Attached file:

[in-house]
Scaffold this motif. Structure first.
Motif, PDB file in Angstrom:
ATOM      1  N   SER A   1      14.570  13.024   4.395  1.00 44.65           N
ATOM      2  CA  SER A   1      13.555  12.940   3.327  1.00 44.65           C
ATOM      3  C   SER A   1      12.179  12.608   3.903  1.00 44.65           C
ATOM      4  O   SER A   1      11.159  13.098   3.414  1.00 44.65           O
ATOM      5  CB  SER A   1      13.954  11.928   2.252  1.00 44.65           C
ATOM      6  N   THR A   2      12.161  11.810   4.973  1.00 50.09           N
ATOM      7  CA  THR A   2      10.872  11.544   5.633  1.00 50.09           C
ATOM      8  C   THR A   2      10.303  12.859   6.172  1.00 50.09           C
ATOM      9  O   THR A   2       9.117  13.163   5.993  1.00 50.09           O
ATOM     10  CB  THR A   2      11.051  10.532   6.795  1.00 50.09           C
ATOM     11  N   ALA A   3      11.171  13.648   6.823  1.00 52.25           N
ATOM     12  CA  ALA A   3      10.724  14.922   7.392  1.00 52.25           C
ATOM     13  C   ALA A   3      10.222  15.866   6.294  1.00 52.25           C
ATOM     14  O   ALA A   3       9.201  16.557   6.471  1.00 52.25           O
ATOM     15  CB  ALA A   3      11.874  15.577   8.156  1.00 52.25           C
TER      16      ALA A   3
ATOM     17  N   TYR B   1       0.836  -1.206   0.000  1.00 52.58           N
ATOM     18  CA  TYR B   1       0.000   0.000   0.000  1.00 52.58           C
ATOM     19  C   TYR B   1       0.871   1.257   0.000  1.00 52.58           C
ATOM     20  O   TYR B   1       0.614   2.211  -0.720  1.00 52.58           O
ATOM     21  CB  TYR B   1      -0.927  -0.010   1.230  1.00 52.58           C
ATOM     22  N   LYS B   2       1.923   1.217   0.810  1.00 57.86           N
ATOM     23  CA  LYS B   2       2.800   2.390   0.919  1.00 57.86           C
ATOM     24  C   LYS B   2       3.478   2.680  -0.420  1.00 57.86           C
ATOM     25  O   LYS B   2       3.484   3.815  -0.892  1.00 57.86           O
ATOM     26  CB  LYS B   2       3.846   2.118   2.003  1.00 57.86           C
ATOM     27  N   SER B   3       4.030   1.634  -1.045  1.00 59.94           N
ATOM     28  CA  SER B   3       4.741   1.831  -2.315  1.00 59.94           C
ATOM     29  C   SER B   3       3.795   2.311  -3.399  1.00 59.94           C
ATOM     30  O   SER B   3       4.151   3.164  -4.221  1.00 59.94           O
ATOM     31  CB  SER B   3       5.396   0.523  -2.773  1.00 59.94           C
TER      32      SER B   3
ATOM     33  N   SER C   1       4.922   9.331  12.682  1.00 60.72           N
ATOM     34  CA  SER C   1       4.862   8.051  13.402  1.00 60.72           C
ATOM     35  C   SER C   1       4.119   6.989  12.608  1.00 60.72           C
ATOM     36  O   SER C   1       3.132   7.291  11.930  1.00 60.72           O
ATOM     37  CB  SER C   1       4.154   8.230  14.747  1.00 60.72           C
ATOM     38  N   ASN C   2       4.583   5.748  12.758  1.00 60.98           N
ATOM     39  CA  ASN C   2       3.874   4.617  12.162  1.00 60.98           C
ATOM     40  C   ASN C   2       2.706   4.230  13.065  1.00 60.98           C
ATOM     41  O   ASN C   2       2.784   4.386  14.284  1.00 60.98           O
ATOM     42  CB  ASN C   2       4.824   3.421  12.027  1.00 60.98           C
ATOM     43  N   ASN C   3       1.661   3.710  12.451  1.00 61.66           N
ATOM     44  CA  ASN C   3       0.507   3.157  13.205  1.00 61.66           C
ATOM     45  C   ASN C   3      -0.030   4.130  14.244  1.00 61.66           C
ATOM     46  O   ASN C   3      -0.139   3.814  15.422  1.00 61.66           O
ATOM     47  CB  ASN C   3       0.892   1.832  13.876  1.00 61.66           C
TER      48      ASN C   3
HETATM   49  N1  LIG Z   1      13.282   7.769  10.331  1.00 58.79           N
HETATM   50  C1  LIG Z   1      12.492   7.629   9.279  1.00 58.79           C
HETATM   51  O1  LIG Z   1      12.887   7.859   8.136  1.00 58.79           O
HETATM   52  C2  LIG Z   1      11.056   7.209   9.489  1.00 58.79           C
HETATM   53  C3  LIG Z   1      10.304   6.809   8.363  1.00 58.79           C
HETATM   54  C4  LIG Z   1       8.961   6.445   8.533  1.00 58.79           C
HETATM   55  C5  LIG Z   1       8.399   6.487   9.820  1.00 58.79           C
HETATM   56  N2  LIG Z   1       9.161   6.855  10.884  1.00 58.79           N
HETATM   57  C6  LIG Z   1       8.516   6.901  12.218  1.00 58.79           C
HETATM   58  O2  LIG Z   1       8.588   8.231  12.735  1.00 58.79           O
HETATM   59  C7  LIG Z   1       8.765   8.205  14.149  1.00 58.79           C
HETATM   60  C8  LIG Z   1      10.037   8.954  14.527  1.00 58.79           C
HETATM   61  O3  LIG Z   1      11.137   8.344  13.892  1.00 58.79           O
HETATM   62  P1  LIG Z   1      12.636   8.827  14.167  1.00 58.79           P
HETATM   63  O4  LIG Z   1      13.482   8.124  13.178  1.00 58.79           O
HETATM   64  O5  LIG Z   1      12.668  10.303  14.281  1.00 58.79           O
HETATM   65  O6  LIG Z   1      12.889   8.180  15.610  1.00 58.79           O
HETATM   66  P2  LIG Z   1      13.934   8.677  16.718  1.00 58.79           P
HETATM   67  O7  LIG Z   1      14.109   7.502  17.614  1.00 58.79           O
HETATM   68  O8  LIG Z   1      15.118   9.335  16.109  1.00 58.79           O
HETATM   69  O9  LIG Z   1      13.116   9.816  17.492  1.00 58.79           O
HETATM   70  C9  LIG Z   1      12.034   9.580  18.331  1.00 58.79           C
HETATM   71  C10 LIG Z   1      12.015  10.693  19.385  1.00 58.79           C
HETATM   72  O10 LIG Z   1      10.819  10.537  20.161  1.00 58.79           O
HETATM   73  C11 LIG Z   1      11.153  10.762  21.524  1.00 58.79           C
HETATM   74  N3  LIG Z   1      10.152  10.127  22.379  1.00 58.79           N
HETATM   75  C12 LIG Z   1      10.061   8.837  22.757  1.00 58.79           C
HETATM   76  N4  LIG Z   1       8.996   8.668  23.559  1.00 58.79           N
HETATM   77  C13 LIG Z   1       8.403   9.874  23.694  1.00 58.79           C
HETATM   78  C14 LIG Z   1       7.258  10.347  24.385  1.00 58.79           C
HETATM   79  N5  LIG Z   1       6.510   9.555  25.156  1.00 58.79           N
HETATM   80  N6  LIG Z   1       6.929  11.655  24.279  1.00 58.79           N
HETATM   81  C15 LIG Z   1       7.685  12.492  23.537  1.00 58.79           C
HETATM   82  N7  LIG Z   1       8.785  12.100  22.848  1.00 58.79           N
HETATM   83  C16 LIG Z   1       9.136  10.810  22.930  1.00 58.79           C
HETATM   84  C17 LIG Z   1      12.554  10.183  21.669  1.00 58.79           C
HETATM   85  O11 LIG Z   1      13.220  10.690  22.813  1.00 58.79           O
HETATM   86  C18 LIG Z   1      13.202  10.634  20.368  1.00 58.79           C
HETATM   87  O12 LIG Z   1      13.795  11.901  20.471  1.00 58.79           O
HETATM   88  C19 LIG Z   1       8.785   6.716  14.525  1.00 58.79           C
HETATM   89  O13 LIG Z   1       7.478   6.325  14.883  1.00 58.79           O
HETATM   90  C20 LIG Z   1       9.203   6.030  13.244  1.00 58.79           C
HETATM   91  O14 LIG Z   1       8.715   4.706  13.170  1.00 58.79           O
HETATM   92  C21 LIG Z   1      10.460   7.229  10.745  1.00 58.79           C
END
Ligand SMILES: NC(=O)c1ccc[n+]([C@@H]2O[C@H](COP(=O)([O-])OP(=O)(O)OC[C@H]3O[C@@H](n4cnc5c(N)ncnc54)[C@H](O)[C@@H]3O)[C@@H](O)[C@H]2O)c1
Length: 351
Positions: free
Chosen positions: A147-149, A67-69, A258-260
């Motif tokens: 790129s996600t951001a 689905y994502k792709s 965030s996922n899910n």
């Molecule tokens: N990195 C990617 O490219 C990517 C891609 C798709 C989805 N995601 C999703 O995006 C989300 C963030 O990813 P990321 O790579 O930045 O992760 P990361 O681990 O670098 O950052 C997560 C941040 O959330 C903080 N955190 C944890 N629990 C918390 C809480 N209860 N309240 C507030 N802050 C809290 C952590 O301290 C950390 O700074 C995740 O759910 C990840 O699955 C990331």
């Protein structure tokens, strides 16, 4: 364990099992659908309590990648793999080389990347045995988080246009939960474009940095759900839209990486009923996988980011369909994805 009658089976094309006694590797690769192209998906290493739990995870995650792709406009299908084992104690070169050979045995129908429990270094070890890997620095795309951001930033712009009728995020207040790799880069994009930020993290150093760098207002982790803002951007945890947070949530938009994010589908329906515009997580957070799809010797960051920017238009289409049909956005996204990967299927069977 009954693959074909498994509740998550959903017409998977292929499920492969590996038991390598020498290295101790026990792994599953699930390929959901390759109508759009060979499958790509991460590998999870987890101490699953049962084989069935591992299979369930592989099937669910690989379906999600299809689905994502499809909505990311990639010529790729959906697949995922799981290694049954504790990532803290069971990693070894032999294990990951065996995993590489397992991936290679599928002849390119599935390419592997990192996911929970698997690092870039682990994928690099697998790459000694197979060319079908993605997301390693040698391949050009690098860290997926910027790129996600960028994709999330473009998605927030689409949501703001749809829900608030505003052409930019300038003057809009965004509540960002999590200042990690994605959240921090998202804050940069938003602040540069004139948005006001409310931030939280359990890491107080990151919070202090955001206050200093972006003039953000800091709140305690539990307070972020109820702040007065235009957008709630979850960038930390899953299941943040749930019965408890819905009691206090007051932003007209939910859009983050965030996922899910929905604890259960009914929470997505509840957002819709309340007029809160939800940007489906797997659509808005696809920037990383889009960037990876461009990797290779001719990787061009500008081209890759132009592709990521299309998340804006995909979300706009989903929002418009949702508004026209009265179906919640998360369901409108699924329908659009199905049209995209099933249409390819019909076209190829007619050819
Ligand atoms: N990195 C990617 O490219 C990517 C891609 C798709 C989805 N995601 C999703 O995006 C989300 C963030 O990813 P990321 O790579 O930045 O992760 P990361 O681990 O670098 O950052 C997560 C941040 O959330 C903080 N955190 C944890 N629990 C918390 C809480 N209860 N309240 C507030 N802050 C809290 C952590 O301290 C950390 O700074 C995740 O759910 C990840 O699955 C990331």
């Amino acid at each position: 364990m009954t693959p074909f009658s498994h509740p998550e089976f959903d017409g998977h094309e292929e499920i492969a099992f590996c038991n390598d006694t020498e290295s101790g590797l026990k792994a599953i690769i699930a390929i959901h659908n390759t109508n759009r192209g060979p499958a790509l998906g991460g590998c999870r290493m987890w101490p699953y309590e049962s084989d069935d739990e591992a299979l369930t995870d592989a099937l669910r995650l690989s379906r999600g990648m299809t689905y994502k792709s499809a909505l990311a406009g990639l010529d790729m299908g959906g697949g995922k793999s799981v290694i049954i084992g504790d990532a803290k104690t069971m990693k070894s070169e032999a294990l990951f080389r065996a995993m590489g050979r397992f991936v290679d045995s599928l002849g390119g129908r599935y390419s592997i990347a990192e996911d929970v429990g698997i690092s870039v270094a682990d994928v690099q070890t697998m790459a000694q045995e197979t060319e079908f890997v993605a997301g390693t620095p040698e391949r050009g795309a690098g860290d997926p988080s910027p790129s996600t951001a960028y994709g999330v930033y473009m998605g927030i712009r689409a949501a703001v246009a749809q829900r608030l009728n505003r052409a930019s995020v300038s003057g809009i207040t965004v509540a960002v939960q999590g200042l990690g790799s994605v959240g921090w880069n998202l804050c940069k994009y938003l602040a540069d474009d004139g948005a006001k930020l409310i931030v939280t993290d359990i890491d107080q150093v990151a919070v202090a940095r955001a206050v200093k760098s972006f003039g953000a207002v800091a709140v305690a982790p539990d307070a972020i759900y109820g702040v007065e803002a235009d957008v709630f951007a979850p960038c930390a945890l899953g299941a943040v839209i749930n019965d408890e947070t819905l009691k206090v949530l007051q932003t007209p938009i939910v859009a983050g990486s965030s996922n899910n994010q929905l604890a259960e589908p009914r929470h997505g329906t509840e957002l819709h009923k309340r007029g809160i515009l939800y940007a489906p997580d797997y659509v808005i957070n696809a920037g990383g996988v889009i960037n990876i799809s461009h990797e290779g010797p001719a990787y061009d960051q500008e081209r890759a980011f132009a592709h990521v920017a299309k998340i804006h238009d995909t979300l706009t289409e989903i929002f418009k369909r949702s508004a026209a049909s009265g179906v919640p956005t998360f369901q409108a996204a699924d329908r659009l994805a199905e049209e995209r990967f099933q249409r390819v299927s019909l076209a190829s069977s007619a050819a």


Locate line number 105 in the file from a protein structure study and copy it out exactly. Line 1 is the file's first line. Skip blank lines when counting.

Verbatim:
């Amino acid at each position: 364990m009954t693959p074909f009658s498994h509740p998550e089976f959903d017409g998977h094309e292929e499920i492969a099992f590996c038991n390598d006694t020498e290295s101790g590797l026990k792994a599953i690769i699930a390929i959901h659908n390759t109508n759009r192209g060979p499958a790509l998906g991460g590998c999870r290493m987890w101490p699953y309590e049962s084989d069935d739990e591992a299979l369930t995870d592989a099937l669910r995650l690989s379906r999600g990648m299809t689905y994502k792709s499809a909505l990311a406009g990639l010529d790729m299908g959906g697949g995922k793999s799981v290694i049954i084992g504790d990532a803290k104690t069971m990693k070894s070169e032999a294990l990951f080389r065996a995993m590489g050979r397992f991936v290679d045995s599928l002849g390119g129908r599935y390419s592997i990347a990192e996911d929970v429990g698997i690092s870039v270094a682990d994928v690099q070890t697998m790459a000694q045995e197979t060319e079908f890997v993605a997301g390693t620095p040698e391949r050009g795309a690098g860290d997926p988080s910027p790129s996600t951001a960028y994709g999330v930033y473009m998605g927030i712009r689409a949501a703001v246009a749809q829900r608030l009728n505003r052409a930019s995020v300038s003057g809009i207040t965004v509540a960002v939960q999590g200042l990690g790799s994605v959240g921090w880069n998202l804050c940069k994009y938003l602040a540069d474009d004139g948005a006001k930020l409310i931030v939280t993290d359990i890491d107080q150093v990151a919070v202090a940095r955001a206050v200093k760098s972006f003039g953000a207002v800091a709140v305690a982790p539990d307070a972020i759900y109820g702040v007065e803002a235009d957008v709630f951007a979850p960038c930390a945890l899953g299941a943040v839209i749930n019965d408890e947070t819905l009691k206090v949530l007051q932003t007209p938009i939910v859009a983050g990486s965030s996922n899910n994010q929905l604890a259960e589908p009914r929470h997505g329906t509840e957002l819709h009923k309340r007029g809160i515009l939800y940007a489906p997580d797997y659509v808005i957070n696809a920037g990383g996988v889009i960037n990876i799809s461009h990797e290779g010797p001719a990787y061009d960051q500008e081209r890759a980011f132009a592709h990521v920017a299309k998340i804006h238009d995909t979300l706009t289409e989903i929002f418009k369909r949702s508004a026209a049909s009265g179906v919640p956005t998360f369901q409108a996204a699924d329908r659009l994805a199905e049209e995209r990967f099933q249409r390819v299927s019909l076209a190829s069977s007619a050819a």